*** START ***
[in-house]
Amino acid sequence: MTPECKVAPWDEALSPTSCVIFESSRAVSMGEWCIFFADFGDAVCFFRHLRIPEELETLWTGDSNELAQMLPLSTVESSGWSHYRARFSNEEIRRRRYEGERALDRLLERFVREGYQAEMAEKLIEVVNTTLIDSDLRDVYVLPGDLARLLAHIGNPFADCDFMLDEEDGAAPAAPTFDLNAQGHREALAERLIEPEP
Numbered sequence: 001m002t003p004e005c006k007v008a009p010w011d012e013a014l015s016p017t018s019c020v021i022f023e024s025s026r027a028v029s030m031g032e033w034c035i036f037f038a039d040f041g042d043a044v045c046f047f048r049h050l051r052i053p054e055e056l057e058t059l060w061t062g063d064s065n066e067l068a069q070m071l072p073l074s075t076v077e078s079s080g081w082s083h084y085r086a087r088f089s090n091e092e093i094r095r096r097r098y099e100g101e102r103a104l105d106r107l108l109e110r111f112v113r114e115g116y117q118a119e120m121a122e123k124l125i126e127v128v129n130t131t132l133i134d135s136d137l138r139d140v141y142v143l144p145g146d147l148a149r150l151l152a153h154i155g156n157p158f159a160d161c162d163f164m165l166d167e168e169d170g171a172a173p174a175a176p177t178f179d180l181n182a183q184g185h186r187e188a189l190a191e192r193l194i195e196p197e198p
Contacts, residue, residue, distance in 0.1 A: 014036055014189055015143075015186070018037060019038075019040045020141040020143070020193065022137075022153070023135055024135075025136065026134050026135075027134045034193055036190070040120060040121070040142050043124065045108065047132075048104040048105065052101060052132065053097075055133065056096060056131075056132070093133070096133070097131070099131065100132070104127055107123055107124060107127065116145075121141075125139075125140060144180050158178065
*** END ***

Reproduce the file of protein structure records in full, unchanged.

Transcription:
[in-house]
Amino acid sequence: MTPECKVAPWDEALSPTSCVIFESSRAVSMGEWCIFFADFGDAVCFFRHLRIPEELETLWTGDSNELAQMLPLSTVESSGWSHYRARFSNEEIRRRRYEGERALDRLLERFVREGYQAEMAEKLIEVVNTTLIDSDLRDVYVLPGDLARLLAHIGNPFADCDFMLDEEDGAAPAAPTFDLNAQGHREALAERLIEPEP
Numbered sequence: 001m002t003p004e005c006k007v008a009p010w011d012e013a014l015s016p017t018s019c020v021i022f023e024s025s026r027a028v029s030m031g032e033w034c035i036f037f038a039d040f041g042d043a044v045c046f047f048r049h050l051r052i053p054e055e056l057e058t059l060w061t062g063d064s065n066e067l068a069q070m071l072p073l074s075t076v077e078s079s080g081w082s083h084y085r086a087r088f089s090n091e092e093i094r095r096r097r098y099e100g101e102r103a104l105d106r107l108l109e110r111f112v113r114e115g116y117q118a119e120m121a122e123k124l125i126e127v128v129n130t131t132l133i134d135s136d137l138r139d140v141y142v143l144p145g146d147l148a149r150l151l152a153h154i155g156n157p158f159a160d161c162d163f164m165l166d167e168e169d170g171a172a173p174a175a176p177t178f179d180l181n182a183q184g185h186r187e188a189l190a191e192r193l194i195e196p197e198p
Contacts, residue, residue, distance in 0.1 A: 014036055014189055015143075015186070018037060019038075019040045020141040020143070020193065022137075022153070023135055024135075025136065026134050026135075027134045034193055036190070040120060040121070040142050043124065045108065047132075048104040048105065052101060052132065053097075055133065056096060056131075056132070093133070096133070097131070099131065100132070104127055107123055107124060107127065116145075121141075125139075125140060144180050158178065